Articles


The Risk in Discretion: Substantive NEPA’s Significance

By: Jamison E. Colburn Every student of the National Environmental Policy Act (“NEPA”) knows that it is a “procedural” statute.  Its practical difference as law is to force agencies to take a “hard look” at their proposed actions before taking them.   NEPA’s broadest goal—that the government “foster and promote the general welfare, to create and maintain conditions under which man and nature can exist in productive harmony, and fulfill the social, economic, and other requirements of present and future generations”—is not, by contrast, law to be enforced.   In short, NEPA’s ultimate goal of making American society more sustainable has been marginalized even as its chief procedural tool—the Environmental Impact Statement (“EIS”)—has become ubiquitous.  NEPA section 102(2)(C) clearly mandates in a modally unmistakable way that “all agencies of the Federal government,” when taking any “major Federal action[] significantly affecting the quality of the human environment,” prepare an EIS, specifying […]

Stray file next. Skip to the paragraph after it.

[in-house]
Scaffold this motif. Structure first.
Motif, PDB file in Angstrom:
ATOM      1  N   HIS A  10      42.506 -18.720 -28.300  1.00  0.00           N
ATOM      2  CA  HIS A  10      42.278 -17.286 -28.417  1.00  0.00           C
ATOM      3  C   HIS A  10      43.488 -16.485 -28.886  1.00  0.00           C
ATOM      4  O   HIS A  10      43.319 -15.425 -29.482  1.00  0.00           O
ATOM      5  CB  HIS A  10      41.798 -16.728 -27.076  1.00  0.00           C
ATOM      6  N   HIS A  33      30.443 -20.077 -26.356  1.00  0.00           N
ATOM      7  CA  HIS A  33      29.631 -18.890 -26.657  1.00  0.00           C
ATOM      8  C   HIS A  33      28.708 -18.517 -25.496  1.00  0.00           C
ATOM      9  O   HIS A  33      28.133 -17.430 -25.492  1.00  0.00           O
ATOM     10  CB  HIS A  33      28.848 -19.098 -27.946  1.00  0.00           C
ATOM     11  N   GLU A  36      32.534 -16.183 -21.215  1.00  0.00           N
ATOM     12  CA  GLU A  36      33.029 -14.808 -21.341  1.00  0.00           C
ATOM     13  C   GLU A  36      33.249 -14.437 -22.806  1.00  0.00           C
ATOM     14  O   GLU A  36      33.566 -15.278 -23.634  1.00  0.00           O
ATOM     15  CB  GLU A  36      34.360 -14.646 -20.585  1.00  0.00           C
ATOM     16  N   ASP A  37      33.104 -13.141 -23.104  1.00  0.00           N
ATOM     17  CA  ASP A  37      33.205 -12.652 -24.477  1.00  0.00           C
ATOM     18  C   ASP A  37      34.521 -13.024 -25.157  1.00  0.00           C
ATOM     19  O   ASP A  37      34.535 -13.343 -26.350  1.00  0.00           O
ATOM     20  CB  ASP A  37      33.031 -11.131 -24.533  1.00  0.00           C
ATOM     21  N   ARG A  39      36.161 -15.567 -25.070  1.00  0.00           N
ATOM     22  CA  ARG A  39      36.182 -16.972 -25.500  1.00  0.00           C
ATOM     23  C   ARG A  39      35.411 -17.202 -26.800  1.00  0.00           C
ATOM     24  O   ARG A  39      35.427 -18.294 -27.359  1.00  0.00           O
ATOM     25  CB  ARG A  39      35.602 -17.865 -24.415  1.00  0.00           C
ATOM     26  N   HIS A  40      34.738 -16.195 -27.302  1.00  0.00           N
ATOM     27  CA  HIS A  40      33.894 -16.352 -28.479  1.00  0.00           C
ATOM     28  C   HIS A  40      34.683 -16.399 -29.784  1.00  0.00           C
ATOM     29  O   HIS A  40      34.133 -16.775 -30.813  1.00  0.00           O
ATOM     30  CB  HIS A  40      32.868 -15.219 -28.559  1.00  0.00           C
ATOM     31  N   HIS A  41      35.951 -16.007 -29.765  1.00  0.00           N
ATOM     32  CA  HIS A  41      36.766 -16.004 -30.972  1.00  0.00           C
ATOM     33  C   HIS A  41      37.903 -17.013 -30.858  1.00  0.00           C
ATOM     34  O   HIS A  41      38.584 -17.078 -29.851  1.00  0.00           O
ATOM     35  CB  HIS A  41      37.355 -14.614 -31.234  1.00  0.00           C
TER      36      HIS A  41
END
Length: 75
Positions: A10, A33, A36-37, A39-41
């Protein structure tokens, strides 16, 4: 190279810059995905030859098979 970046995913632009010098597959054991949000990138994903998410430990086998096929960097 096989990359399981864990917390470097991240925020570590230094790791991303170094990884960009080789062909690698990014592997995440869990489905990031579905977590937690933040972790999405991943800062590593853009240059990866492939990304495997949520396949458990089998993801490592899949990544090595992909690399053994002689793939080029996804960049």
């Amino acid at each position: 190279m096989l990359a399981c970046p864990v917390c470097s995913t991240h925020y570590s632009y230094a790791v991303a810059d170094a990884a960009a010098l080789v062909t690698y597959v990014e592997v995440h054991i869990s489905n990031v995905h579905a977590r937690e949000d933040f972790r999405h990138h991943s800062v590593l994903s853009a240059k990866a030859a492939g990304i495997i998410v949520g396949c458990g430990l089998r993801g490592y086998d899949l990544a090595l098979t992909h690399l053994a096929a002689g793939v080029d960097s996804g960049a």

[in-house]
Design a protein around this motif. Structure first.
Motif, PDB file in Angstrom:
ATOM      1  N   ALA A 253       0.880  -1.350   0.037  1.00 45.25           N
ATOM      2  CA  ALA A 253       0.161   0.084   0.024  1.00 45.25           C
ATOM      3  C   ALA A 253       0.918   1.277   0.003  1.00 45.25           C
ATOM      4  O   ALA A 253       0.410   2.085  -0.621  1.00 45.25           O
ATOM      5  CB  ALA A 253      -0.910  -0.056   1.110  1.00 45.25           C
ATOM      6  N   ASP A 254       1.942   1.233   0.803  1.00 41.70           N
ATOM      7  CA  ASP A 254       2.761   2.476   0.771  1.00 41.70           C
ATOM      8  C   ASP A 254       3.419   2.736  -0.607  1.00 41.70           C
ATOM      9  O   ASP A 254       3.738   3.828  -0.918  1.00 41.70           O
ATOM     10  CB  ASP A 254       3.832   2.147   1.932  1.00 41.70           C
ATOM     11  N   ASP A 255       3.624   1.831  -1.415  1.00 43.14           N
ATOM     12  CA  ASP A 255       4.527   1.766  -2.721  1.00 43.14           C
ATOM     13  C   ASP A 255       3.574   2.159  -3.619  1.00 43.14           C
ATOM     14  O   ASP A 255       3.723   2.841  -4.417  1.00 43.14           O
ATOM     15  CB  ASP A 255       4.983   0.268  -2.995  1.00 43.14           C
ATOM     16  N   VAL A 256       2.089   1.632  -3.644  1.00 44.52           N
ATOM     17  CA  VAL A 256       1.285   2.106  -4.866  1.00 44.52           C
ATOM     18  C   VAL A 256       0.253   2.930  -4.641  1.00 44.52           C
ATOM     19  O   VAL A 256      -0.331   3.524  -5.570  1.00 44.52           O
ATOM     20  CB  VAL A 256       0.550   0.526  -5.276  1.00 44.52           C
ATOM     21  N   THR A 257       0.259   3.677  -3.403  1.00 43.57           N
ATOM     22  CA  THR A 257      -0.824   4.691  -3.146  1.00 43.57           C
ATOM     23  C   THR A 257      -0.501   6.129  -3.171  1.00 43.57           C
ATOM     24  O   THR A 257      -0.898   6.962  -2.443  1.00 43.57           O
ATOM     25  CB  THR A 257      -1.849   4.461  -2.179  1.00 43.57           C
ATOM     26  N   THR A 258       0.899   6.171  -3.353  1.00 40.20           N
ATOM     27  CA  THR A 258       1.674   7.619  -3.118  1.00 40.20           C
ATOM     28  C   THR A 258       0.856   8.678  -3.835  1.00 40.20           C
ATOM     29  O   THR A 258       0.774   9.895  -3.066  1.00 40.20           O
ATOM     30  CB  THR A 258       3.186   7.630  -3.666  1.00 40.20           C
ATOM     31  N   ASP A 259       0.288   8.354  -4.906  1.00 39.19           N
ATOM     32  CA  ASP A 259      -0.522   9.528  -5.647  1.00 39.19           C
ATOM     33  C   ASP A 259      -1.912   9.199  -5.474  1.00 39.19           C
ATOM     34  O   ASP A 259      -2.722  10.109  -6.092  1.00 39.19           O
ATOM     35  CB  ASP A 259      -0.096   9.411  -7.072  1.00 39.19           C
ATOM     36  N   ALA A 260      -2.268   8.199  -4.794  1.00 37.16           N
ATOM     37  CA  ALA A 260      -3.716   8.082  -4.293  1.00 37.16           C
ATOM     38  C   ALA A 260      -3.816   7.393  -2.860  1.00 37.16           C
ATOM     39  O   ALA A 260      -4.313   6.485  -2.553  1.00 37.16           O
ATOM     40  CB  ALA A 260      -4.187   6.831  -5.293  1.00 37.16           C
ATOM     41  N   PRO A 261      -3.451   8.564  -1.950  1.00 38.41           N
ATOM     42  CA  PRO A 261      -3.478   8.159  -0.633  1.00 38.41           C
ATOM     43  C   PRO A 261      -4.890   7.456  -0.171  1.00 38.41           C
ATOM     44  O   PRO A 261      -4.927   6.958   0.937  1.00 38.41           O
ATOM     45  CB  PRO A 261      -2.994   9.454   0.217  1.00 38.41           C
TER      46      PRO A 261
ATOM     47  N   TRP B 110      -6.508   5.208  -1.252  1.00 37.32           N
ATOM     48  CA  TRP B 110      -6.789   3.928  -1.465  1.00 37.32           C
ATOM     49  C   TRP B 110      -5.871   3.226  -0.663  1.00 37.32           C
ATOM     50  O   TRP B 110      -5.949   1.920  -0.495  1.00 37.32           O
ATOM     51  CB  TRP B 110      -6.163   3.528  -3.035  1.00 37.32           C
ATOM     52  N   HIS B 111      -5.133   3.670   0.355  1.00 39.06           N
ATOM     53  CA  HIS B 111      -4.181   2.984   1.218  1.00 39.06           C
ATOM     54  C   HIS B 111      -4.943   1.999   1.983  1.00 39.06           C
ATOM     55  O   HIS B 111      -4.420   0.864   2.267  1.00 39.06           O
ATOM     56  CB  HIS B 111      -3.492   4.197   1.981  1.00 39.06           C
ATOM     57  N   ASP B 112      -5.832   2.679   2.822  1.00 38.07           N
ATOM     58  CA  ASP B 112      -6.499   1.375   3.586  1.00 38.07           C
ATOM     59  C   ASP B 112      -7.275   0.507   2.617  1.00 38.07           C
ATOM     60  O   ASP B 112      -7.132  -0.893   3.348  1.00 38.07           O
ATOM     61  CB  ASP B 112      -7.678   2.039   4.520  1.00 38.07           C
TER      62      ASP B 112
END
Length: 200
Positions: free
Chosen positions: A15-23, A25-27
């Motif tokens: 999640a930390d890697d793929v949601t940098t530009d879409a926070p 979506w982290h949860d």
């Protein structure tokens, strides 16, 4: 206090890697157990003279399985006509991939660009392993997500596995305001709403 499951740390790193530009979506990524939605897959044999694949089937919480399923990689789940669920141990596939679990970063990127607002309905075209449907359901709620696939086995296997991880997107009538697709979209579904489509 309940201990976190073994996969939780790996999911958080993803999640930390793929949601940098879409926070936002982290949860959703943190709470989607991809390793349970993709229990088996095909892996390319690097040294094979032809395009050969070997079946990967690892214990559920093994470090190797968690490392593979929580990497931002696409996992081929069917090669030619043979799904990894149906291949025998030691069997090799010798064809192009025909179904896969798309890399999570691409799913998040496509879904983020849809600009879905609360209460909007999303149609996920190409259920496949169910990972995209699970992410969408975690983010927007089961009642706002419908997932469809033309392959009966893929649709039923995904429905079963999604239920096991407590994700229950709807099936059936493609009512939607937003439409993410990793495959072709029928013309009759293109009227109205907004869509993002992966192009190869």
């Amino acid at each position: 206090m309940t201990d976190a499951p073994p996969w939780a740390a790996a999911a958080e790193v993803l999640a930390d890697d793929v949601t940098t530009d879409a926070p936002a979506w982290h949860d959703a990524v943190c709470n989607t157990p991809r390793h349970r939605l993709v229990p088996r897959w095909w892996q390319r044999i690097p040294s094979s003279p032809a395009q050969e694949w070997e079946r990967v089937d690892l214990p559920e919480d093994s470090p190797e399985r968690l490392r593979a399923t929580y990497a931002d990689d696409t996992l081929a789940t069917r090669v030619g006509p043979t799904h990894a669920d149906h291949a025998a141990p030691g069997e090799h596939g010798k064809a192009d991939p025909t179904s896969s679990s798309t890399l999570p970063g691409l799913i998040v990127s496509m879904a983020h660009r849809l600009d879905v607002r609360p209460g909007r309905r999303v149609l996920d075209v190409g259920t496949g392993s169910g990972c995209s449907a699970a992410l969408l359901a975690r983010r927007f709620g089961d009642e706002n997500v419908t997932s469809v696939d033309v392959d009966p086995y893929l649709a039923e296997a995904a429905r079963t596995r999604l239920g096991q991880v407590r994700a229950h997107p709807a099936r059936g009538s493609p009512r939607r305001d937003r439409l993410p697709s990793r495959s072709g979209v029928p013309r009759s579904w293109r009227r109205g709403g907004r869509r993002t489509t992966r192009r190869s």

Picking Winners and Losers: A Structural Examination of Tax Subsidies to the Energy Industry

By: Tracey M. Roberts In debates over whether government should continue to subsidize renewable energy, politicians have repeatedly warned that government should not be “picking winners and losers.”   This way of framing the debate undermines sensible policy analysis in two ways.  First, it obscures the long history of federal support for fossil fuels; the United States has been picking winners and losers for over 100 years.  Second, it fails to articulate what it means to “pick winners and losers,” to explain why doing so is less efficient than pursuing other economic policies, and to inquire why this suboptimal choice has been made.  This article addresses these failings by examining two sets of tax subsidies to the energy industry, one for fossil fuels and the other for renewables. Part II  of this article describes economic situations that would justify government intervention in the energy markets and explains why Congress has […]